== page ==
the American Bell Telephone Company, and are used by it in the same operations. The principle of multifariousness is one very largely of convenience, and is more often applied where two parties are attempted to be brought together by a bill in chancery who have no common interest in the litigation, whereby one party is compelled to join in the expense and trouble of a suit in which he and his co-defendant have no common interest, or in which one party is joined as complainant with another party with whom in like manner he either has no interest at all, or no such interest as requires the defendant to litigate it in the same action. Oliver v. Piatt, 3 How. 333; Walker v. Powers, 104 U.S. 245. In the present case there is no such difficulty. The Bell Telephone Company and Mr. Bell himself are the only parties defendant, and their interest in sustaining the patents is the same. So, also, there is no such diversity of the subject-matter embraced in the assault on the two patents that they cannot be conveniently considered together, and although it may be possible that one patent may be sustained, and the other may not, yet it is competent for the court to make a decree in conformity with such finding. It seems to us in every way appropriate that the question of the validity of the two patents should be considered together.
It will be convenient, as a means of showing specifically the ground of complaint in the bill, to take up next the third group of the causes of demurrer. The point intended to be presented there is that the bill does not set forth any fraud in the procuring of the patents, and does not specifically set forth what acts, if any, the complainant relies upon as constituting fraud in their procurement, and also that the allegations contained in the bill, if true, would not entitle the complainant to the relief prayed for, nor to any relief in a court of equity. Assuming for the present that the circuit courts of the United States have the same jurisdiction in equity, in a case where the United States itself is plaintiff, that they have where a citizen is plaintiff, to relieve against accident, mistake, fraud, covin, and deceit, we proceed to examine into the sufficiency of the allegations in this bill to maintain such a suit.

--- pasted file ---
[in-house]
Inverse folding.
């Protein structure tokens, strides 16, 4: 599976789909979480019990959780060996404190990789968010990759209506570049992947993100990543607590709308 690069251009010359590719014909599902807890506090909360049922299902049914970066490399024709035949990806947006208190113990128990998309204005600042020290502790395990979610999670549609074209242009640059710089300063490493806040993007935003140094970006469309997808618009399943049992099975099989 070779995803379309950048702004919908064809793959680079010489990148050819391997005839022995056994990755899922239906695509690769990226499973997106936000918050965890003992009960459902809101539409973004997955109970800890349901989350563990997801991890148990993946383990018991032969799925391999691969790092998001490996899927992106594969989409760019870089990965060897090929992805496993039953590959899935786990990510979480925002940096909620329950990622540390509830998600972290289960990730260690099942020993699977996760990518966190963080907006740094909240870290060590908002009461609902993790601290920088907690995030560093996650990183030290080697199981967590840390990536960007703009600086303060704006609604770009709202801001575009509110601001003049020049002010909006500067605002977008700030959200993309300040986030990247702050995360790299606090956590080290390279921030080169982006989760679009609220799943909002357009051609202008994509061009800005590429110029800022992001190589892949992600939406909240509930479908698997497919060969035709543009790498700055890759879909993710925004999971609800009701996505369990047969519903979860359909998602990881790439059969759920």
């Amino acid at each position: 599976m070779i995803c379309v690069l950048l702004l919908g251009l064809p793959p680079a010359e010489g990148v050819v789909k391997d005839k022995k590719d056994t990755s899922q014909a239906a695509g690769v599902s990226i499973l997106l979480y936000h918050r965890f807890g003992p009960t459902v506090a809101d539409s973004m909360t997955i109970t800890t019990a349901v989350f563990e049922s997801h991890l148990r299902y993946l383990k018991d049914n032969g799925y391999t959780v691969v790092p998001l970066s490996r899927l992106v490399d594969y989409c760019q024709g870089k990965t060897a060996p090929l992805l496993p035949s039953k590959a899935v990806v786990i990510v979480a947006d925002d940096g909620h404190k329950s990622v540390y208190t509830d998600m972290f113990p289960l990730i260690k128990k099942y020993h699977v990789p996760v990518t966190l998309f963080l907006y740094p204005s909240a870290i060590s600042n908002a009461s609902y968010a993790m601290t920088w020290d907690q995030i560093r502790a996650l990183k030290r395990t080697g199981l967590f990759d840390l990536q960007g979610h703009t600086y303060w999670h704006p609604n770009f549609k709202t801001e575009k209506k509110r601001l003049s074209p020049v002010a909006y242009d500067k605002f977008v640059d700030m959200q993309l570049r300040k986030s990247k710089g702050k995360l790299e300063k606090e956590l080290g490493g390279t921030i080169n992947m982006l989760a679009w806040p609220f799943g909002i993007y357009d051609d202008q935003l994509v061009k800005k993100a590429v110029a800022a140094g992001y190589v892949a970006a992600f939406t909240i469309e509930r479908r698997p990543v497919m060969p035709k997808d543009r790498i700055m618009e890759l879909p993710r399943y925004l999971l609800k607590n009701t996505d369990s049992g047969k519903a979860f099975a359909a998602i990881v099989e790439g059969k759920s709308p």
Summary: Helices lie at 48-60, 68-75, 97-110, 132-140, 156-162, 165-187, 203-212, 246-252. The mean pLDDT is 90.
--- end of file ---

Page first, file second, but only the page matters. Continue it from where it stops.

The fifth claim of invention of the patent of March 7, 1876, which was held to be a sufficient claim for an invention in the recent Telephone Cases, decided March 19, 1888, and reported in 126 U.S. 1, 8 S.Ct. 778, is as follows: '(5) The method of and apparatus for transmitting vocal or other sounds telegraphically, as herein described, by causing electrical undulations, similar in form to the vibrations of the air accompanying the said vocal or other sounds, substantially as set forth.' The claims of invention under the patent of January 30, 1877, are eight in number, and may be stated generally to be for improvements in the instruments by which the vocal sounds mentioned in the foregoing paragraph are conveyed and received. The bill alleges that Bell, the patentee, knew at the time of filing his application for the patent of March 7, 1876, that he was not the original and first inventor, as the law required he should be, of all the improvements in telegraphy described and claimed in said specification; 'that certain of the so-called [9 S.Ct. 92] improvements had been previously known to and used by others, as is hereinafter more fully and at large set forth; that the said Bell, on the 20th day of January, 1876, and at the time of filing the said application, did not verily believe himself to be the original and first inventor of all the so-called improvements in telegraphy described and claimed in the said specification; and that on the said 20th day of January, 1876, and at the time of filing the said application, the said Bell did know and did believe that certain of the so-called improvements in telegraphy described and claimed in the specification aforesaid had been previously known to and used by others, as is hereinafter more fully set forth.' It is then charged that the said untrue statements made by said Bell constituted deception and fraud upon the government, and did deceive and defraud complainant, and did cause complainant to issue and deliver said patent No. 174,465 to said Bell, and that but for said fraudulent statements of said Bell said patents would not have been issued. The bill alleges, also, that in his application for the patent Bell misled the patent office by a statement that his invention
was for 'an improvement in telegraphy,' and especially for a patent for a method of 'multiple telegraphy,' and that he carefully and intentionally refrained from any expression which would lead to the idea that his invention was to be used as a telephone, or was capable of such use. The bill then proceeds to describe various discoveries in the art to conveying articulate sounds by telegraphic wires prior to that of Bell, with which it is alleged Bell himself was well acquainted, and which anticipated his discovery, and render his patent void. Among them are those of Philip Reis, of...